By the time we got back on the trail, the sun had long been set and everyone was wearing headlamps. We traveled for a couple of miles down the trail until we reached camp—which incidentally was the same place from which I had recklessly abandoned my classmates six days ago. Mr. Davis was happy to see me also, but he did give me the ‘evil eye’ when he first saw me down by the river. I knew it would be my parents and not him who would ground me, for how long I could not imagine.

He told me that first thing in the morning, we would walk out to the trailhead to meet my parents.

All the people and the barrage of questions were overwhelming, but eventually we ate a hot meal and I was able to go to a tent to sleep. But before I slept I couldn’t help but do the last activity in my notebook.

That night I dreamed of the eagle once again. We flew to the top of a tree which stood beside a broad curving river. In my mind I heard him say,Eagle “Copernicus may have discovered that the earth travels around the sun, but that doesn’t mean that the earth is any less important than the sun—all parts have their special significance. Flee as far as you can to the east and you will return to this tree. Run away to the north and all the way around the earth and you will return to where you stand now. There is no escape, for one day we return to that which we abandon. We are all bound to our homes.” I supposed he was teaching me a lesson about staying with the group. But before the eagle vanished I listened to him say, which also contained Mr. Davis’ final piece of advice: “Thankfully, we are all bound to dream. Listen, seek and ask for clues and your dreams may lead you home.”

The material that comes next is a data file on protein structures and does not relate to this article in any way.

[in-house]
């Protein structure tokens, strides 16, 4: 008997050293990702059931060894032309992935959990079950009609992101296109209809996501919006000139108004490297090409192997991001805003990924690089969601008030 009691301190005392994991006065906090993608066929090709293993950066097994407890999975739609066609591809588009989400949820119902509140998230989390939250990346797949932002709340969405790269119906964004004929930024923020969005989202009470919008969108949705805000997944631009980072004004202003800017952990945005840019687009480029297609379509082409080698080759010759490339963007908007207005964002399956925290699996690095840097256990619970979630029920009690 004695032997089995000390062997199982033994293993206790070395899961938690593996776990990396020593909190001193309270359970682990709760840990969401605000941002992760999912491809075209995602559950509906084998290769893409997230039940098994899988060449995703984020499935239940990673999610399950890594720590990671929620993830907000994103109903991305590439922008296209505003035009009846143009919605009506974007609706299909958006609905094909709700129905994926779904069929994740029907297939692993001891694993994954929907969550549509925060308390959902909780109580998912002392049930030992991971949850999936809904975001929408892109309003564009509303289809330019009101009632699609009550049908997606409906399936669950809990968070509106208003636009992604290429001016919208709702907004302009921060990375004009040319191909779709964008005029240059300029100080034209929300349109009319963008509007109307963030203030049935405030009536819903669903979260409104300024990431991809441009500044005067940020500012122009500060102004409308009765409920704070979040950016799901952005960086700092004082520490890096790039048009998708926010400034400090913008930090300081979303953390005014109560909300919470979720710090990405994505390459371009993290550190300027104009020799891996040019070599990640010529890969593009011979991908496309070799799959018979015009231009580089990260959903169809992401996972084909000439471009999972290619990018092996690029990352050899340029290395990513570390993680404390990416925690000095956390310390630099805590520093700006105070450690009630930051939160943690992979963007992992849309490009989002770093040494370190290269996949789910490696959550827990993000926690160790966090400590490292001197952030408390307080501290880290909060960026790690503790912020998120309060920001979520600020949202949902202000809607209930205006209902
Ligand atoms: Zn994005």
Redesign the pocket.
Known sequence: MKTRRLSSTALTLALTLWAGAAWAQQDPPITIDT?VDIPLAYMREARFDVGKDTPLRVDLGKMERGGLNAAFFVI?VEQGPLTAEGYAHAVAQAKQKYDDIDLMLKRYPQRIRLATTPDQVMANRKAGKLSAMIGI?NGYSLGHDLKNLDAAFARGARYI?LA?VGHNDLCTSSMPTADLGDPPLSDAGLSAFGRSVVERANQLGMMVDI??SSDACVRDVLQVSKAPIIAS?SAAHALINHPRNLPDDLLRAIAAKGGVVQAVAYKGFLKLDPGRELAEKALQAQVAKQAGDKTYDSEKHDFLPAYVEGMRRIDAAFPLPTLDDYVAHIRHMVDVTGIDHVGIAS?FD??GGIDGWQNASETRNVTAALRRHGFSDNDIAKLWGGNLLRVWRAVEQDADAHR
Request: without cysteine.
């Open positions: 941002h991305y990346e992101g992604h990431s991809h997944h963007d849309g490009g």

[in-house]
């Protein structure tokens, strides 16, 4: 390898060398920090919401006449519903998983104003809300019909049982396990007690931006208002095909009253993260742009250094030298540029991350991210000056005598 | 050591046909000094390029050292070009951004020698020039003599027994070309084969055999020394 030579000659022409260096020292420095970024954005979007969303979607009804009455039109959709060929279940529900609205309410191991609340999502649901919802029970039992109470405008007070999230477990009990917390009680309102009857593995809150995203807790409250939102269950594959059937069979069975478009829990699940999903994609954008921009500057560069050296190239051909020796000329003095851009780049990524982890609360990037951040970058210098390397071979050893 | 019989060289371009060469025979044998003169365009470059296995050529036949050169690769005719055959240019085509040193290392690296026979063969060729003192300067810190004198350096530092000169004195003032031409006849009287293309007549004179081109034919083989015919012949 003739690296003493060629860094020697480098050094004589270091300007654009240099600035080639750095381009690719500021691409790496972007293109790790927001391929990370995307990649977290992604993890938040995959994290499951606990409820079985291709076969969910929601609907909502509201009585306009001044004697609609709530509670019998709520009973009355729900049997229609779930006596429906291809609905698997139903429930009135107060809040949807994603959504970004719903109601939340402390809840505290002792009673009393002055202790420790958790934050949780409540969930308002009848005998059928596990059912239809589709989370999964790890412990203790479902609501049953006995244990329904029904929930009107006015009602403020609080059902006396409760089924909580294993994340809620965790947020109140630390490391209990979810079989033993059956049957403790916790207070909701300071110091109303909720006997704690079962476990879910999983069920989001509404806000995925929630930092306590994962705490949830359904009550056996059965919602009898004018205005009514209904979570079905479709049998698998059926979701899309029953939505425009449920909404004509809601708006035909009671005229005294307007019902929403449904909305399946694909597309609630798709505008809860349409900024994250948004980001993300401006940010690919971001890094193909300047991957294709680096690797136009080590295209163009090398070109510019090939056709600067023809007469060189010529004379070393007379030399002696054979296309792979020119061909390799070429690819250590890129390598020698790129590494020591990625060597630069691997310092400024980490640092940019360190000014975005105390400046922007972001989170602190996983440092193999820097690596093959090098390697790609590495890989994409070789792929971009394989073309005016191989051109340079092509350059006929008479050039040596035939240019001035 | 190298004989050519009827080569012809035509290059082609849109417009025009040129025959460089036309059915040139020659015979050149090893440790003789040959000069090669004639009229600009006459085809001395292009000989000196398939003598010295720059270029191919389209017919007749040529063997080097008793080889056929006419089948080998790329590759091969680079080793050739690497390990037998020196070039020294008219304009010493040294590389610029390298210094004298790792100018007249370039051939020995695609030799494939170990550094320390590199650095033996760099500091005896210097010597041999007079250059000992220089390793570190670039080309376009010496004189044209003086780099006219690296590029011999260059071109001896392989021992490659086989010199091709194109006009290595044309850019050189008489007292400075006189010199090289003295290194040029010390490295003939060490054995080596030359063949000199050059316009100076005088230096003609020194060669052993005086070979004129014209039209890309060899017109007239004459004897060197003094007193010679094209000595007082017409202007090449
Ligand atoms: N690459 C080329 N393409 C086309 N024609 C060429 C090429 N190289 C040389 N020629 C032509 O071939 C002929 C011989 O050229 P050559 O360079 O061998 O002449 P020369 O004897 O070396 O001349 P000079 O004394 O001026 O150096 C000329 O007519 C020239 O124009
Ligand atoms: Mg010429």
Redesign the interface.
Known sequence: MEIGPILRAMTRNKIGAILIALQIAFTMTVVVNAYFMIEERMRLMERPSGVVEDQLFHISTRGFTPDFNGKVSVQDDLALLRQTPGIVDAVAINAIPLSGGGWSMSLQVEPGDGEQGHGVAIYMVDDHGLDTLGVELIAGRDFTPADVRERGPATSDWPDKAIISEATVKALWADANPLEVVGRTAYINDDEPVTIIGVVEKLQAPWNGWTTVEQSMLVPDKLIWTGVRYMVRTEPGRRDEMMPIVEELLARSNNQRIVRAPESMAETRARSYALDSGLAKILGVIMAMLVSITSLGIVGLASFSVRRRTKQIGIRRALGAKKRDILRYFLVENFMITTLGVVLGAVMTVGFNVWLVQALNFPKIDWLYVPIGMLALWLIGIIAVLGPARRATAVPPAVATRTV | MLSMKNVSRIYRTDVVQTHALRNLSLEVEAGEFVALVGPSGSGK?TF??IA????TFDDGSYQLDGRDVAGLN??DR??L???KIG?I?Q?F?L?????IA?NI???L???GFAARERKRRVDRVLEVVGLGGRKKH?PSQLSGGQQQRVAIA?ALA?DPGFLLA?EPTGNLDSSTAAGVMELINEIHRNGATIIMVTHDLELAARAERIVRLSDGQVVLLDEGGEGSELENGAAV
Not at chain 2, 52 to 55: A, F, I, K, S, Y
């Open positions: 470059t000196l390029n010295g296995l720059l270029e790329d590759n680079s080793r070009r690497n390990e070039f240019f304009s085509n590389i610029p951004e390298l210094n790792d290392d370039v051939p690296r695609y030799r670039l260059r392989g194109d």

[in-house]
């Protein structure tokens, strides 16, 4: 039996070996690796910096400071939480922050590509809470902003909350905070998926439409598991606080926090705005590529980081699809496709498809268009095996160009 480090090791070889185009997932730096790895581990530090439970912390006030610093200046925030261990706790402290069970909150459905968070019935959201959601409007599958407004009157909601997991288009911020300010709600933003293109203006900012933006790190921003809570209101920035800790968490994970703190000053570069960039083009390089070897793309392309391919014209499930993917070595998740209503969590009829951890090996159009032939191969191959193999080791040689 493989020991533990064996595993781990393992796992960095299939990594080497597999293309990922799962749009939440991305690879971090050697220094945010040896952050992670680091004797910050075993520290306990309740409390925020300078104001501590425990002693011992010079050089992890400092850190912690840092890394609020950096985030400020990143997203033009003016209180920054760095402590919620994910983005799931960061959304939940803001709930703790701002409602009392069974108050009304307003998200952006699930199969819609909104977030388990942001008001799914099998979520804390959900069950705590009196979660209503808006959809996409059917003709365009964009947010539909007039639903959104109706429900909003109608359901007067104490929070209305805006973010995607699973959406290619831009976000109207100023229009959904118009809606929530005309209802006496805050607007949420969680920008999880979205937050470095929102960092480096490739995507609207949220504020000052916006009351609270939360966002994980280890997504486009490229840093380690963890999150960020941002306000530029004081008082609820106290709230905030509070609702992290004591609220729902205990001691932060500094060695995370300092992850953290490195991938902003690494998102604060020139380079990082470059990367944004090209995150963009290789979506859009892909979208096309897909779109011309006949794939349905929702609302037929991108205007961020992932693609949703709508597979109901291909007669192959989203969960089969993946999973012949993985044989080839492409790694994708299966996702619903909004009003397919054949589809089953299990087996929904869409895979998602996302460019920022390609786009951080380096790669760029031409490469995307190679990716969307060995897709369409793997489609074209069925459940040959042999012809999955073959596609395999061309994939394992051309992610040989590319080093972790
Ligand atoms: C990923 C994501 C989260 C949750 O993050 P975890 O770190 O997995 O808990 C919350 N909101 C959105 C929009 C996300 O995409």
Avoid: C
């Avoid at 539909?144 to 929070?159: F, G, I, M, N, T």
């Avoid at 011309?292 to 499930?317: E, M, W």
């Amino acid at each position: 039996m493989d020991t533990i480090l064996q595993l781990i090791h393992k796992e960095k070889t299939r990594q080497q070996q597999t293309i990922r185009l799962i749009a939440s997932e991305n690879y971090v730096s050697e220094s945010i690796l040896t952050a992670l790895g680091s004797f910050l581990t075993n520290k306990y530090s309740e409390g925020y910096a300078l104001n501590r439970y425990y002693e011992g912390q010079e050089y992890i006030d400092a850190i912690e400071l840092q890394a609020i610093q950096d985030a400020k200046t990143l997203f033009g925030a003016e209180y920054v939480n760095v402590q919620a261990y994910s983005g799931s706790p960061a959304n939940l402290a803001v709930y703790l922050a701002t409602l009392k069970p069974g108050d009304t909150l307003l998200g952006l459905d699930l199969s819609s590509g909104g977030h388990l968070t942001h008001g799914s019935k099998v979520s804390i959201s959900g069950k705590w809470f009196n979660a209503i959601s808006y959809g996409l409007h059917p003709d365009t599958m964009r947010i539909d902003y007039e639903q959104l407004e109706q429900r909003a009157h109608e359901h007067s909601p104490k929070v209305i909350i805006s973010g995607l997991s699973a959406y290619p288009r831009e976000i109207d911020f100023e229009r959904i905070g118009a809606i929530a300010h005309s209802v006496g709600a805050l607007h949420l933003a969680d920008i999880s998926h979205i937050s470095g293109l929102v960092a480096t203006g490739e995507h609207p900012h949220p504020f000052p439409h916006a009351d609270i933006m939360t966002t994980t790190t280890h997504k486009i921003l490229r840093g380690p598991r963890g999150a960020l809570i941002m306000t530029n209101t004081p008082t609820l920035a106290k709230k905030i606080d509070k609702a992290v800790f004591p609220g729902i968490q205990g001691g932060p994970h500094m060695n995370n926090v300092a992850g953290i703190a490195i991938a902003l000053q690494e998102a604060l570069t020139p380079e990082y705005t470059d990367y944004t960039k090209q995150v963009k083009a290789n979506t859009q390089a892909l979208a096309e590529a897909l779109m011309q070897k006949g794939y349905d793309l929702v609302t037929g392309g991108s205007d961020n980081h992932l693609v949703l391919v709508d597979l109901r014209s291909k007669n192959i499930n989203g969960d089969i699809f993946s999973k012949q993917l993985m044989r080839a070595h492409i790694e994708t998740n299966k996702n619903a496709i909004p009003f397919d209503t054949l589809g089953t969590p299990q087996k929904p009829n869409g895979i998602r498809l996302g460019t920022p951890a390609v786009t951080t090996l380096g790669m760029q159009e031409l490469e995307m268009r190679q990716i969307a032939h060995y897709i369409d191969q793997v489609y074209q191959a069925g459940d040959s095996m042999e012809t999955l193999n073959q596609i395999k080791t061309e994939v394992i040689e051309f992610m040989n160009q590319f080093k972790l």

I awoke to the bustle of camp traffic. Shortly after I emerged puffy-eyed from my tent, we all ate a hot breakfast, after which Mr. Davis and I promptly set out on our hike to the trailhead. We spoke very little during our journey out. I did apologize to him for abandoning our group. I felt really terrible for making everyone worry and work so hard to find me. He said that apologies are good, but actions are better and that he had a big project in store for me. (The writing of this story was that project.)

My parents were at the trailhead parking lot. They were thanking all the search and rescue folks for all their hard work before they noticed me. When they saw me, they both came over and gave me a huge embrace. “I’m so happy you’re home,” my dad said softly in my ear as he hugged me in his arms.

I replied, “So am I.”

We all got in the car and began driving the highway westward, around all the tight curves that parallel the Skagit River on our way back home. Out of the corner of my eye I saw an eagle gracefully pull a fish out of the Skagit’s water and return to a tree perch. Mom saw it too. We pulled the car over into the pullout and watched the birds—there were others.

Finally, I said aloud, “I feel a bit homesick.”

After we returned to the car, I opened my journal to the last page where Mr. Davis had written:

“We are all bound to become lost and bound to wonder how to get home. Never cease to wonder, because in wondering we find our home.”

The End

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One for the Other – Chapter 7

Previous Chapter